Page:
The role of the neuropeptide galanin in forming type-specific behavioral characteristics.
ABSTRACT Intranasal administration of a galanin receptor blocker to rats was found to change their behavioral type on being placed in an unfamiliar environment, with decreases in movement and investigative activity and increases in the level of anxiety in the open field test. The basal level of expression of the galanin precursor mRNA in the anterior hypothalamus was significantly higher in rats with the active type of behavior in the open field test. In conditions of galanin receptor blockade, there was also a faster increase in the serum corticosterone level in response to a stress situation (forced swimming test), which was accompanied by a reduction in the immobilization time. These data support the involvement of galanin in the formation of individual-typological behavioral characteristics and demonstrate its important role in adaptation to stress.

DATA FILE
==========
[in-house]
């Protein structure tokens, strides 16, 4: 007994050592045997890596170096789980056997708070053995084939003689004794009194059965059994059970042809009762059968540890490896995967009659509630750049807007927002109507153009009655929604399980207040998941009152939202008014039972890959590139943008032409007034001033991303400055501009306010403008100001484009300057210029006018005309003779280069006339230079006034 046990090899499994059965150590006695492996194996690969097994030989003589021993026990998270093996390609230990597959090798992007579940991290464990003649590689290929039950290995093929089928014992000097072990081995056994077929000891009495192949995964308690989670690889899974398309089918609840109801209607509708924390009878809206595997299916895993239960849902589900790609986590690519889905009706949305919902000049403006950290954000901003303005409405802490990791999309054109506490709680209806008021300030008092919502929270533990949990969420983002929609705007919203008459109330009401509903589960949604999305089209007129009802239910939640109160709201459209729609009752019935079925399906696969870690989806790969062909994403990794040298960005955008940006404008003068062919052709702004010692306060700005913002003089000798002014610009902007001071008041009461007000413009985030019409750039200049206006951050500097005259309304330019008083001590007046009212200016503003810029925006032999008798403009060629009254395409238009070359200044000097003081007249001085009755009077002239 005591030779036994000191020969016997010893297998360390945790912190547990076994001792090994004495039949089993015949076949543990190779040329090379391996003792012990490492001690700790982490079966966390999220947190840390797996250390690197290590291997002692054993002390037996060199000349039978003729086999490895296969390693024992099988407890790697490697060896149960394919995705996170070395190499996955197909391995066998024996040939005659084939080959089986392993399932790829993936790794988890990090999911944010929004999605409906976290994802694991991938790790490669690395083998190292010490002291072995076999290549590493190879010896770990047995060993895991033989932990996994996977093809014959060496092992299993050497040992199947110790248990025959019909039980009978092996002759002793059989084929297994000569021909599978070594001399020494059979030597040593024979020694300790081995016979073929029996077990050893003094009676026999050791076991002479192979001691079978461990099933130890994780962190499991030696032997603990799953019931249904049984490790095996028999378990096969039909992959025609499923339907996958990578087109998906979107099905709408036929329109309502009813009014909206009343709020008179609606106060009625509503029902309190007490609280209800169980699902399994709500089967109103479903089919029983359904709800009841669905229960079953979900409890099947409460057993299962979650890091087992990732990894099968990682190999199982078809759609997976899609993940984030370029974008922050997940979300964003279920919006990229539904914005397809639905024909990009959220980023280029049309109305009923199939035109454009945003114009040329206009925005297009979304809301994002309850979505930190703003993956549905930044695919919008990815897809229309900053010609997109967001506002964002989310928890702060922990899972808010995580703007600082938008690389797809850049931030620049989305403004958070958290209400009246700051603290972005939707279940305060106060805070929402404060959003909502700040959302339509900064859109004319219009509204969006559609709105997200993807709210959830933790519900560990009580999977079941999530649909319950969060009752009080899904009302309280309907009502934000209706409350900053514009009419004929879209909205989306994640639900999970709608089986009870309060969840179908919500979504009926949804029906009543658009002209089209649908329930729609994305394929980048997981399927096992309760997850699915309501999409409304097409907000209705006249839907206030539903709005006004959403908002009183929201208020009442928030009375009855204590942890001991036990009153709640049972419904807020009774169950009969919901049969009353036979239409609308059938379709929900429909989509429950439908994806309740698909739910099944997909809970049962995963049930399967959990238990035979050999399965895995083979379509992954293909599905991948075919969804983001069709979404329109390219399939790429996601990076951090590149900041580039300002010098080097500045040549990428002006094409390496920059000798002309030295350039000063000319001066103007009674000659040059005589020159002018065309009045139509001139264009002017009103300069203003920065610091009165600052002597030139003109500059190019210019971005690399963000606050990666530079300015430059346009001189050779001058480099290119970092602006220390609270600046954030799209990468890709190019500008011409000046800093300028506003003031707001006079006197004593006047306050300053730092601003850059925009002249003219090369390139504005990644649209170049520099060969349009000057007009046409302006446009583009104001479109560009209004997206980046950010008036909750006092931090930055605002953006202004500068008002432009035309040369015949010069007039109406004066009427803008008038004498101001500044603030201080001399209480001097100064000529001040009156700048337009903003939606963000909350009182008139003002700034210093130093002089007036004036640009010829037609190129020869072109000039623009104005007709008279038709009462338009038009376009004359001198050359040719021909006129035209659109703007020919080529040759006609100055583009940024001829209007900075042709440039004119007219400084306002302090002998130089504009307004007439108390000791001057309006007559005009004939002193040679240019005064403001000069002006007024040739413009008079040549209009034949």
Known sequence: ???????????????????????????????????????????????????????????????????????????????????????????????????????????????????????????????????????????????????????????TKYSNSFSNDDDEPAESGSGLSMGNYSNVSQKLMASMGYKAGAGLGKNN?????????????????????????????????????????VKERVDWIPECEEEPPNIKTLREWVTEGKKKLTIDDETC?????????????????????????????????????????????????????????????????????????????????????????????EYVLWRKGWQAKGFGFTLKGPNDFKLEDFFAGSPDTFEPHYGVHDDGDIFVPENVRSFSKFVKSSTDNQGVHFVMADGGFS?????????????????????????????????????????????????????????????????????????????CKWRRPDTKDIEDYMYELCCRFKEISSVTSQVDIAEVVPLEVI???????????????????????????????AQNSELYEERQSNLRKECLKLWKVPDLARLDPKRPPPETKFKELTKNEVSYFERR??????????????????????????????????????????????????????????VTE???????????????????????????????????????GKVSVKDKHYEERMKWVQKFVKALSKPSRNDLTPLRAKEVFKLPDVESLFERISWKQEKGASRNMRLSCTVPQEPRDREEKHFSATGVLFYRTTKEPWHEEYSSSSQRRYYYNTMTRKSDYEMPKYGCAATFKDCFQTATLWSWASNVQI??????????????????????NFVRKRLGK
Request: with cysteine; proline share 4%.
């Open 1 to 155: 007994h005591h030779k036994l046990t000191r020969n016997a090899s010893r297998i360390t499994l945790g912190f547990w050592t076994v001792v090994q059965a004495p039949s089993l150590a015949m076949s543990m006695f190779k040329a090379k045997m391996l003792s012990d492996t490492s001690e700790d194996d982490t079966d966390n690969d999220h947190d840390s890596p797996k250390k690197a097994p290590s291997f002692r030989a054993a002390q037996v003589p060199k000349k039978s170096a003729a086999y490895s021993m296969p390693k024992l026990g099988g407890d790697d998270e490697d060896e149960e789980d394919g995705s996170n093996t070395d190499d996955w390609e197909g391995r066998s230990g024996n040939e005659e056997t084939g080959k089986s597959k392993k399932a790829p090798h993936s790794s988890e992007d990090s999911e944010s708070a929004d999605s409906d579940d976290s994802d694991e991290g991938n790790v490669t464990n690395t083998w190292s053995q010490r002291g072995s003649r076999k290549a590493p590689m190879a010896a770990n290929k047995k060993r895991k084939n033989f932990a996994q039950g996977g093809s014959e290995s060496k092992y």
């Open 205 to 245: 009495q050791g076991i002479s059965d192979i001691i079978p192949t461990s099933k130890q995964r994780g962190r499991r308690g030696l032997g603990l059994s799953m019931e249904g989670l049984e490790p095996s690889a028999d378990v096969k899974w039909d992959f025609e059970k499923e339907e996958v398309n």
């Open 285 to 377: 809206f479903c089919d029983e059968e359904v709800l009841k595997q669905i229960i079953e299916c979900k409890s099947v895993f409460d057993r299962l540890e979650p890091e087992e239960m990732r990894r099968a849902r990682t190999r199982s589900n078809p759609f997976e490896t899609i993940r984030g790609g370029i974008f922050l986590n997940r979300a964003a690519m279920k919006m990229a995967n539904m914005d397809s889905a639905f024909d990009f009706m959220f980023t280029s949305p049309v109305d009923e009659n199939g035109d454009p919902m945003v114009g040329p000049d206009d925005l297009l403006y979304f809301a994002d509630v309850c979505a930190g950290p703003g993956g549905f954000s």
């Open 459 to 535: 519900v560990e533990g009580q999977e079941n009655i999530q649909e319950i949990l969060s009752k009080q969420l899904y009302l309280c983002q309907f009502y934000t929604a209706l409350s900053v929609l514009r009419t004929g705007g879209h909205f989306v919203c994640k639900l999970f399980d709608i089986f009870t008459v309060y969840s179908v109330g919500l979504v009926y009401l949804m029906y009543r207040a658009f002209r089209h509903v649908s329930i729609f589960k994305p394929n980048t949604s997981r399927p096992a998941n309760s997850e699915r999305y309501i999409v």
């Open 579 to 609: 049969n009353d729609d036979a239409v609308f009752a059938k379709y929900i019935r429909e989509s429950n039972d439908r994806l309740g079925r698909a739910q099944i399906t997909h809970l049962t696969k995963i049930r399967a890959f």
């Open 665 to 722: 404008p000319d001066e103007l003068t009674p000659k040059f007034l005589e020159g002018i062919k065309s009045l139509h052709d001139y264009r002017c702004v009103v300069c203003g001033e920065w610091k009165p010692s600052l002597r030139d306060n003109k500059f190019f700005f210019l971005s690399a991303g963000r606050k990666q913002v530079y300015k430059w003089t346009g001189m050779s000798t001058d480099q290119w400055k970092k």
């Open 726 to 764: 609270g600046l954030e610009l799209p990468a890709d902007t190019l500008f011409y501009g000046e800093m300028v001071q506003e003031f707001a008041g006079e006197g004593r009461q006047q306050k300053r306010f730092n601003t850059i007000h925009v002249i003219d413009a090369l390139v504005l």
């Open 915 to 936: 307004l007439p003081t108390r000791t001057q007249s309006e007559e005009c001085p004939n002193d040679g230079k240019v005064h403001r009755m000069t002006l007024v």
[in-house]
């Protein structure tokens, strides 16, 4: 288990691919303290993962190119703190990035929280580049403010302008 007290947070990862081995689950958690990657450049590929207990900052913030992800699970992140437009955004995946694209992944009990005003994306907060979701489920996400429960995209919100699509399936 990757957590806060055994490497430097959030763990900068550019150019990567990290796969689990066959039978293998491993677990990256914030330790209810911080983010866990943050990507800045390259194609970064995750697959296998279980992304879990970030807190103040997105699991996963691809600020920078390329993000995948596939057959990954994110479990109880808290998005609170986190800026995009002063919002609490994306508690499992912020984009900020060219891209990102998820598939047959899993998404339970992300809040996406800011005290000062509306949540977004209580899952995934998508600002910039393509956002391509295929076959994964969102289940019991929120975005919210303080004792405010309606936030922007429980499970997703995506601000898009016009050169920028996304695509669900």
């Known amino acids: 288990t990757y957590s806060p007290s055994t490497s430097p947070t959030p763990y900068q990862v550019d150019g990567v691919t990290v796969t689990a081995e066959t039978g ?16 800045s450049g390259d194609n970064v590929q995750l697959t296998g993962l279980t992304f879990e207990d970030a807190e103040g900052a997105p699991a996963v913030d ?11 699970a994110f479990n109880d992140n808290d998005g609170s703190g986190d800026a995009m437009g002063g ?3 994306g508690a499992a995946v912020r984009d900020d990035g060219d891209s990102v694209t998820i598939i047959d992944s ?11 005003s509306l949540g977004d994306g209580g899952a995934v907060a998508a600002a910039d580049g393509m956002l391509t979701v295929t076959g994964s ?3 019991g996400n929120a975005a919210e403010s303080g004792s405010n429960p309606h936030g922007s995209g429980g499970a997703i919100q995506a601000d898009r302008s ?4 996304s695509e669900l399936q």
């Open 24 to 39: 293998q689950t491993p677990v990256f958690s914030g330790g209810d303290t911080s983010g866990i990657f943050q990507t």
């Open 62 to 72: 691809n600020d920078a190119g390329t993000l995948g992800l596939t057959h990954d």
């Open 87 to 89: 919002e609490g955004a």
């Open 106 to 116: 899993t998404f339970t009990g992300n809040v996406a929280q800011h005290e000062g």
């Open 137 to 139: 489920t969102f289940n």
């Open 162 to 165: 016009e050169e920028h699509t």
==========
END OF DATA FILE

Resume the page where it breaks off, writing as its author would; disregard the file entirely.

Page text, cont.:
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ABSTRACT: Converging evidence implicates the regulatory neuropeptide galanin in anxiety- and depression-related behaviors, through modulation of neuroendocrine, serotonergic, and noradrenergic systems. This study examined the relationship between stress-induced posttraumatic stress disorder (PTSD)-like behavioral response patterns in rats and galanin mRNA levels in key brain areas and the effects of acute phase pharmacologic manipulation using an agonist (galnon) on behavioral, physiologic, and response patterns of brain-derived neurotrophic factor (BDNF) and 5-hydroxytryptamine-1A (5HT-1A). Galanin mRNA expression was assessed in the frontal cortex and hippocampus in the short- and long-term (30 min and 7 days) after exposure to predator scent stress. The effects of intraperitoneal galnon .5 mg/kg versus saline 1 hour postexposure on behavioral tests (elevated plus maze and acoustic startle response) were evaluated 7 days later. Trauma-cue response, circulating corticosterone, and localized brain expression of 5HT-1A receptors and BDNF were subsequently assessed. All data were analyzed in relation to individual behavior patterns. Whereas animals with minimal behavioral disruption displayed a lasting upregulation of galanin mRNA in the hippocampal CA1 area, those with extreme behavioral responses displayed downregulation in both CA1 and frontal cortex. Immediate postexposure treatment with galnon significantly reduced prevalence rates of extreme responders, reduced trauma-cue freezing responses, corrected the corticosterone response, and increased CA1 expression of 5HT-1A and BDNF mRNA compared with saline controls. Galanin is actively involved in the neurobiological response to predator scent stress with resilience/recovery after stress exposure and thus warrants further study as a potential therapeutic avenue for the treatment of anxiety-related disorders.Biological psychiatry 03/2009; 65(5):383-91. DOI:10.1016/j.biopsych.2008.10.034 · 9.47 Impact Factor